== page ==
Students compete in range judging contests |

Students compete in range judging contests

Ben Berlinger
Colorado Section of the Society for Range Management
At the La Junta/Rocky Ford, Colo., event students completing the rangeland inventory, site condition, and range management scenario on a Limestone Breaks ecological site.
Courtesy photo

High school agriculture students from across eastern Colorado competed this fall in three Range Judging and Plant Identification contests.

The events were held Oct. 7 and 8 in New Raymer and La Junta respectively. On Oct. 15 the range judging event was held in Burlington. These educational events were sponsored by the Colorado Section of the Society for Range Management as part of their youth activities program. Other sponsors were the Prairie School District, West Greeley Conservation District, Rocky Ford School District, West Otero Timpas Conservation District, Burlington/Stratton School Districts, and the Burlington Conservation District.

The Range Judging Contest is one of many Career Development Events agriculture students can participate in to test their skills and knowledge learned through their agricultural education classes. Through the Range Judging Contest students are tested on their plant identification skills and reading the landscape to determine the ecological site, condition of the rangeland, amount of usable forage, and number of animals that can be supported on the land.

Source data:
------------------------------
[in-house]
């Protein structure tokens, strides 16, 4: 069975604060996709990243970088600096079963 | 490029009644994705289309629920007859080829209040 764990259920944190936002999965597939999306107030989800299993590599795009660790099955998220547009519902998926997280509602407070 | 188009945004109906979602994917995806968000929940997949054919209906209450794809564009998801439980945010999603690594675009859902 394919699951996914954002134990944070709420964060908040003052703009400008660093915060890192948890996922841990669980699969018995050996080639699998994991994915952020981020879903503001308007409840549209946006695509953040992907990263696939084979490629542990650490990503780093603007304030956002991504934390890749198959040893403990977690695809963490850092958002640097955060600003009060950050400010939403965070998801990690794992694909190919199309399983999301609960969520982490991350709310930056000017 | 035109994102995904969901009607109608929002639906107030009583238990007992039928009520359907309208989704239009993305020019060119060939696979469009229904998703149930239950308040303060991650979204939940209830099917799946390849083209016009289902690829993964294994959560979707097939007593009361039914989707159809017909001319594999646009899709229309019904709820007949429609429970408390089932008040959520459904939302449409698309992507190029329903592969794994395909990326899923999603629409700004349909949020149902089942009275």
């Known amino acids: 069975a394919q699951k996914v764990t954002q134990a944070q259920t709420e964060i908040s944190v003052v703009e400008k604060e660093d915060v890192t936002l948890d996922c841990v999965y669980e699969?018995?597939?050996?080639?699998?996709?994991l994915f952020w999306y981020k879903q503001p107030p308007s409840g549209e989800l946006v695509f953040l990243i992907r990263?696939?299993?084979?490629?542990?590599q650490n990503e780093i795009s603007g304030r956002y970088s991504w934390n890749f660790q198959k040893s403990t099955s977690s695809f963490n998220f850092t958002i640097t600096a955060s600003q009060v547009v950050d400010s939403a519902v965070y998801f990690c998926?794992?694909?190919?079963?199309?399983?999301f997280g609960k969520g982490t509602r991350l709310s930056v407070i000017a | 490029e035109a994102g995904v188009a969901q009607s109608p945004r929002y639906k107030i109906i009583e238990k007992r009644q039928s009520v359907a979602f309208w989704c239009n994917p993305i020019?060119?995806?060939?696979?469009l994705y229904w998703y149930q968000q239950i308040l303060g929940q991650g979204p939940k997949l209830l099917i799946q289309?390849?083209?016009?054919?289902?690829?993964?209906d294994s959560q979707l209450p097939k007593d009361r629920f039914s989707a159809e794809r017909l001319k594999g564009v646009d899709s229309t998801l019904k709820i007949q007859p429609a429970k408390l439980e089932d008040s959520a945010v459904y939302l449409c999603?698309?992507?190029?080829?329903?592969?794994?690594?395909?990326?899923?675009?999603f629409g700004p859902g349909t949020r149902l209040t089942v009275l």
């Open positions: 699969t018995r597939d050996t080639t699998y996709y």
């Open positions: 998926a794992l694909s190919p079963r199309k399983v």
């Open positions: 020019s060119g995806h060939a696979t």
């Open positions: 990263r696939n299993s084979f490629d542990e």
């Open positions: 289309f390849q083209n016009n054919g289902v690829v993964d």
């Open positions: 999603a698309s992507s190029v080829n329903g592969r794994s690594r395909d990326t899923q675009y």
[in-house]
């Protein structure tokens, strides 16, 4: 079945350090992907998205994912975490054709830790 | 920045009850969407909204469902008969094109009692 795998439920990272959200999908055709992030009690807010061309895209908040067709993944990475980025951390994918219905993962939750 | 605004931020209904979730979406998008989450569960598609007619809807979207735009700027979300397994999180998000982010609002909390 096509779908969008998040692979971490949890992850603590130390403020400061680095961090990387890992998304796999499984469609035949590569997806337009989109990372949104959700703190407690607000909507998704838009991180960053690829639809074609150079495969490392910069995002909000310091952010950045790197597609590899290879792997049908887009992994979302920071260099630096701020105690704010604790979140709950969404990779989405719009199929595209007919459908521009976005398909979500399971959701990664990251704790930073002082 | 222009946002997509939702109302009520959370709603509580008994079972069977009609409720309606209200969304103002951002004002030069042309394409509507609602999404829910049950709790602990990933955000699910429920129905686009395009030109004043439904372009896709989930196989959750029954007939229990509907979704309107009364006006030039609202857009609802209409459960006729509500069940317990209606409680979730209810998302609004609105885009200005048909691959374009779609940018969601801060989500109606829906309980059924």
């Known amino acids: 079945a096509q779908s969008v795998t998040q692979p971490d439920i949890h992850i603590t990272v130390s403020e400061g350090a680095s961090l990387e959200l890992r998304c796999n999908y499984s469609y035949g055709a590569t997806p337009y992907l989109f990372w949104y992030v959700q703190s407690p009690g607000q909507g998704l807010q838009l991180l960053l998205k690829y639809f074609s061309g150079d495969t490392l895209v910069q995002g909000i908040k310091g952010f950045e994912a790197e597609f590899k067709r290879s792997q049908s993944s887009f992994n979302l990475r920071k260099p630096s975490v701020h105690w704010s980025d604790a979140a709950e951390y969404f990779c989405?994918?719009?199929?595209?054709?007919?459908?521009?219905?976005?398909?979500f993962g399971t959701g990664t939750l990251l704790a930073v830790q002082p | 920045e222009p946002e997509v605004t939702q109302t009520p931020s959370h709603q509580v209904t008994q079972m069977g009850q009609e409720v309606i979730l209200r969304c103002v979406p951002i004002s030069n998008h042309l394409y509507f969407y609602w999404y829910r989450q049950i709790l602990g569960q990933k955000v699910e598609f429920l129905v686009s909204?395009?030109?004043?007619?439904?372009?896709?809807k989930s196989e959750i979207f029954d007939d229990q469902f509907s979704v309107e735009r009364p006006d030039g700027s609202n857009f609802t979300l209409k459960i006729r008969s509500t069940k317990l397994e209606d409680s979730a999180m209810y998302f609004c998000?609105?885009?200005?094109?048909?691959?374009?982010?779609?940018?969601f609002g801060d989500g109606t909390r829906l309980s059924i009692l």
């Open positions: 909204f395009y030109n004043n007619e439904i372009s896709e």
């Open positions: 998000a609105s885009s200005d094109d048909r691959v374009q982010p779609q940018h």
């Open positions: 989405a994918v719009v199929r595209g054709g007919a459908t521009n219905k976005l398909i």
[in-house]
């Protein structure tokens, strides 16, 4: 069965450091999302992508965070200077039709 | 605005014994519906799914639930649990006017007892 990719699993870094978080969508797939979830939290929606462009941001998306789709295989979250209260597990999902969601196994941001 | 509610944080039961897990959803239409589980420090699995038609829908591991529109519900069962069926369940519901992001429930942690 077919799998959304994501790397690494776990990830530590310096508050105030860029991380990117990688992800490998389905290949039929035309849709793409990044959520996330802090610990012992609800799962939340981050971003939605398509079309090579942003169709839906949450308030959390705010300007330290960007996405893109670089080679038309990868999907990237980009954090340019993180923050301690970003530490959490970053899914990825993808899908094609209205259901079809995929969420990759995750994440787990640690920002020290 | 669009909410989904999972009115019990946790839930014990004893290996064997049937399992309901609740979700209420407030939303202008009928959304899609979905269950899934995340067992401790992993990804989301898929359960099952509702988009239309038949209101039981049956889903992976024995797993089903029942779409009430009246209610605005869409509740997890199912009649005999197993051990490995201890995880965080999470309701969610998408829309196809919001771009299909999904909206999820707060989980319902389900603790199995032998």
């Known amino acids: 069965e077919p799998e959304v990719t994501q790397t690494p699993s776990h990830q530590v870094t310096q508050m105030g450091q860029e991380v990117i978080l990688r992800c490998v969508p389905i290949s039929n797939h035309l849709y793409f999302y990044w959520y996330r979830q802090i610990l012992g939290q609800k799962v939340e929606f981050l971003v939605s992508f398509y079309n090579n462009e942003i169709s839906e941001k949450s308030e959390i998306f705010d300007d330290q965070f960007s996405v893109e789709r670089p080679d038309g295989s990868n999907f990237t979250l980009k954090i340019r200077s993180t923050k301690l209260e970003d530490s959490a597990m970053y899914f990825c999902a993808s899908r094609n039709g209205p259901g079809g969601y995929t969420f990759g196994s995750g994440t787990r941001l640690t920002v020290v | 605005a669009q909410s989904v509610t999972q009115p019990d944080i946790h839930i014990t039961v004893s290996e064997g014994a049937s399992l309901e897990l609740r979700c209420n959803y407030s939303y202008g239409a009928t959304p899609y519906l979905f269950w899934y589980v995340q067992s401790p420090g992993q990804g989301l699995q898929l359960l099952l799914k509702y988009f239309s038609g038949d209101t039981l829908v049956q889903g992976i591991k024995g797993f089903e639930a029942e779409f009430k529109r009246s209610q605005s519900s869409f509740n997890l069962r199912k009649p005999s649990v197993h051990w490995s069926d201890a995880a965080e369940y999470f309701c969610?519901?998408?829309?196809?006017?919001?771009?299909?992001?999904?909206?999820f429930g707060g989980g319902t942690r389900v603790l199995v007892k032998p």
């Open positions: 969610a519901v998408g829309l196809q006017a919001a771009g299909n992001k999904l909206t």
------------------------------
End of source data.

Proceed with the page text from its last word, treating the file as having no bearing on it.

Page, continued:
There was a total of 180 agriculture students representing 18 FFA chapters who participated in these events. Students were divided into three groups to identify 30 range plant species and two ecological sites. During the plant identification portion students had 60 seconds to identify the plant before moving on to the next plant. At the two ecological sites, students had 40 minutes to complete a rangeland inventory to determine the ecological site, condition of the site, and a range management scenario that was provided and required the students to recommend the best range/grazing management practices. Judging the two ecological sites also tested the students plant identification skills.

Thank you to all the FFA advisors, bus drivers, local Conservation Districts, the Colorado State Land Board and the USDA-Natural Resources Conservation Service for helping make these events a success for all the participating high school ag students. A special thank you goes out to Joe Kugler, Randy Kurtz, and the Queen and Buol ranches for allowing the use of their rangeland for this educational youth event. ❖